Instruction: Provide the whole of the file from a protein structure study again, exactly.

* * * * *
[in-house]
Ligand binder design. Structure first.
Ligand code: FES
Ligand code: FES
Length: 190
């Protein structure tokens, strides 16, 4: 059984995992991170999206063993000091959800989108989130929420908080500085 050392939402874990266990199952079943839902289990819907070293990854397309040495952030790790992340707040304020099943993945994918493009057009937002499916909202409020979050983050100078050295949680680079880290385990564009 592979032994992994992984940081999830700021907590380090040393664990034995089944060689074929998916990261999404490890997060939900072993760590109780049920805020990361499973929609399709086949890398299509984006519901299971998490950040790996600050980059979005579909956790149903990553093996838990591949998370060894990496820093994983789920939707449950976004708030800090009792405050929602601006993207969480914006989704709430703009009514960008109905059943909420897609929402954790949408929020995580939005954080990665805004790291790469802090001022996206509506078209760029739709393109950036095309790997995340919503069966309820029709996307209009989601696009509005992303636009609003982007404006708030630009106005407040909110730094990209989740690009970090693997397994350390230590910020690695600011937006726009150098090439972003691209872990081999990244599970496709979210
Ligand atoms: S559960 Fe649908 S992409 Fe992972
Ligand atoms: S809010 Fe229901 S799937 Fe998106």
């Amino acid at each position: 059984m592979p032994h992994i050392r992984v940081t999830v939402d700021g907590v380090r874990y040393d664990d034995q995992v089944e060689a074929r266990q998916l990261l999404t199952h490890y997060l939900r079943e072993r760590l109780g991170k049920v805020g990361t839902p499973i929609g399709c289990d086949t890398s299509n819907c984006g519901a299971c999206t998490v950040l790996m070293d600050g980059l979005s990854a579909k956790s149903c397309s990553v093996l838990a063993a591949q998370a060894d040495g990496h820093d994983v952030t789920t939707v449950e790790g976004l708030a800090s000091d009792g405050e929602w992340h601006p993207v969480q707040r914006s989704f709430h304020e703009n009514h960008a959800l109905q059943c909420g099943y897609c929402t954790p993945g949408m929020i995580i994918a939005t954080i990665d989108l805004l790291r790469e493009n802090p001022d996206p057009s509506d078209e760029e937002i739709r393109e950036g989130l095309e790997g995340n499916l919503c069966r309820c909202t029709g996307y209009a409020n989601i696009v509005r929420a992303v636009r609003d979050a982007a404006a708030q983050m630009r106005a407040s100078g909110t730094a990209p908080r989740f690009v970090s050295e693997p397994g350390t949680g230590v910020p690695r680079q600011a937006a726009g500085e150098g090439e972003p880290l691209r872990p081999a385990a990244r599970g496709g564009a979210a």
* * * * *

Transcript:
[in-house]
Ligand binder design. Structure first.
Ligand code: FES
Ligand code: FES
Length: 190
């Protein structure tokens, strides 16, 4: 059984995992991170999206063993000091959800989108989130929420908080500085 050392939402874990266990199952079943839902289990819907070293990854397309040495952030790790992340707040304020099943993945994918493009057009937002499916909202409020979050983050100078050295949680680079880290385990564009 592979032994992994992984940081999830700021907590380090040393664990034995089944060689074929998916990261999404490890997060939900072993760590109780049920805020990361499973929609399709086949890398299509984006519901299971998490950040790996600050980059979005579909956790149903990553093996838990591949998370060894990496820093994983789920939707449950976004708030800090009792405050929602601006993207969480914006989704709430703009009514960008109905059943909420897609929402954790949408929020995580939005954080990665805004790291790469802090001022996206509506078209760029739709393109950036095309790997995340919503069966309820029709996307209009989601696009509005992303636009609003982007404006708030630009106005407040909110730094990209989740690009970090693997397994350390230590910020690695600011937006726009150098090439972003691209872990081999990244599970496709979210
Ligand atoms: S559960 Fe649908 S992409 Fe992972
Ligand atoms: S809010 Fe229901 S799937 Fe998106």
């Amino acid at each position: 059984m592979p032994h992994i050392r992984v940081t999830v939402d700021g907590v380090r874990y040393d664990d034995q995992v089944e060689a074929r266990q998916l990261l999404t199952h490890y997060l939900r079943e072993r760590l109780g991170k049920v805020g990361t839902p499973i929609g399709c289990d086949t890398s299509n819907c984006g519901a299971c999206t998490v950040l790996m070293d600050g980059l979005s990854a579909k956790s149903c397309s990553v093996l838990a063993a591949q998370a060894d040495g990496h820093d994983v952030t789920t939707v449950e790790g976004l708030a800090s000091d009792g405050e929602w992340h601006p993207v969480q707040r914006s989704f709430h304020e703009n009514h960008a959800l109905q059943c909420g099943y897609c929402t954790p993945g949408m929020i995580i994918a939005t954080i990665d989108l805004l790291r790469e493009n802090p001022d996206p057009s509506d078209e760029e937002i739709r393109e950036g989130l095309e790997g995340n499916l919503c069966r309820c909202t029709g996307y209009a409020n989601i696009v509005r929420a992303v636009r609003d979050a982007a404006a708030q983050m630009r106005a407040s100078g909110t730094a990209p908080r989740f690009v970090s050295e693997p397994g350390t949680g230590v910020p690695r680079q600011a937006a726009g500085e150098g090439e972003p880290l691209r872990p081999a385990a990244r599970g496709g564009a979210a």